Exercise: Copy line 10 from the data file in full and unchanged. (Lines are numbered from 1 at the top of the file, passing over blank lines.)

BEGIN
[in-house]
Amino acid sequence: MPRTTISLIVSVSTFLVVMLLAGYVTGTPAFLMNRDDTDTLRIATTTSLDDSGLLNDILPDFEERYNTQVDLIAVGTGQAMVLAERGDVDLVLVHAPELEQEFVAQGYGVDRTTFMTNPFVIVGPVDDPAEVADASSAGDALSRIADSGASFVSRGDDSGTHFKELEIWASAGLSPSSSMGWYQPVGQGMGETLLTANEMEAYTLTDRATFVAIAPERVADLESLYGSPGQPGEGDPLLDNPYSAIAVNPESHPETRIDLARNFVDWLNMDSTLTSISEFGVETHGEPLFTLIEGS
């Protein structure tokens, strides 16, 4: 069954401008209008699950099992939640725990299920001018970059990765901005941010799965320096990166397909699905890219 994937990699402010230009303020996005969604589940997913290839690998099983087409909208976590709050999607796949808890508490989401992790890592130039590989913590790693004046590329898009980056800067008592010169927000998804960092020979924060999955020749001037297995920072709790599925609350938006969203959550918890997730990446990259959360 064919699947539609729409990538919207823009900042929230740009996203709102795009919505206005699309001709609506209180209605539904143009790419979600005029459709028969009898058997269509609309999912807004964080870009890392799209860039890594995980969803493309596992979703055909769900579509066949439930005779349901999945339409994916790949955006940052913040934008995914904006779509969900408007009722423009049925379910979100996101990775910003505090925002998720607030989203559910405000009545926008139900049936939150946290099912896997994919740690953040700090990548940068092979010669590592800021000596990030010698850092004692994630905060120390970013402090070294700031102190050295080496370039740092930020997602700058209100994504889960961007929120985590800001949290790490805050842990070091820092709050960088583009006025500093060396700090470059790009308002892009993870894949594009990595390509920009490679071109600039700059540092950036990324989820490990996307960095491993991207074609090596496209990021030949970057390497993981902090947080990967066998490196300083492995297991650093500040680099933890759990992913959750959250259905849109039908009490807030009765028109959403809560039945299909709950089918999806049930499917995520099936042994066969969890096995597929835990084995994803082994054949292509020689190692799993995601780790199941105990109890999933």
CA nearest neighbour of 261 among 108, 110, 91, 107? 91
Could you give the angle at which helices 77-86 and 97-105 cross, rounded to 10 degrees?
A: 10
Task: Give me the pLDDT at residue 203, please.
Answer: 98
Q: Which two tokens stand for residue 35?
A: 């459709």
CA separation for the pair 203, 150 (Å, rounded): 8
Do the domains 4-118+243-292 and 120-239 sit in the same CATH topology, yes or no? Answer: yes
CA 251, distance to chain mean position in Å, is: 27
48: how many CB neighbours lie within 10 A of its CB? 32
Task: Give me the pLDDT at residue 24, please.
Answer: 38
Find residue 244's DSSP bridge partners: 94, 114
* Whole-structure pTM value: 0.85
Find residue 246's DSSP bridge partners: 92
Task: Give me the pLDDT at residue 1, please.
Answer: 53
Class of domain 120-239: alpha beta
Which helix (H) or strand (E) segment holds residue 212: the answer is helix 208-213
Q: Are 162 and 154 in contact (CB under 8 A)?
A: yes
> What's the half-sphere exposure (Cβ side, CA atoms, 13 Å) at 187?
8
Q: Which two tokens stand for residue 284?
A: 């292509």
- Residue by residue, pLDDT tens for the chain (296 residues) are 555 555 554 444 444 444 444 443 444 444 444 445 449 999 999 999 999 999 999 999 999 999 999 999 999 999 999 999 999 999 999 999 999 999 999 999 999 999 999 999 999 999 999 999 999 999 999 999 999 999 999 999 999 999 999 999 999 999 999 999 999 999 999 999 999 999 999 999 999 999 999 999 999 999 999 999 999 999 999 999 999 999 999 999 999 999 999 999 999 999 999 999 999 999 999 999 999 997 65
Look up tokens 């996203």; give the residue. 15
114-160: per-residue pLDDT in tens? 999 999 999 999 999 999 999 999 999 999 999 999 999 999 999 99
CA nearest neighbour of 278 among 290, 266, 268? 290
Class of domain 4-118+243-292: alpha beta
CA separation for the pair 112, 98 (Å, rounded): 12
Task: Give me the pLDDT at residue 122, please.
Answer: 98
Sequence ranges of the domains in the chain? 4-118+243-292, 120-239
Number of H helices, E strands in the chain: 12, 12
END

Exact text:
A: 């459709």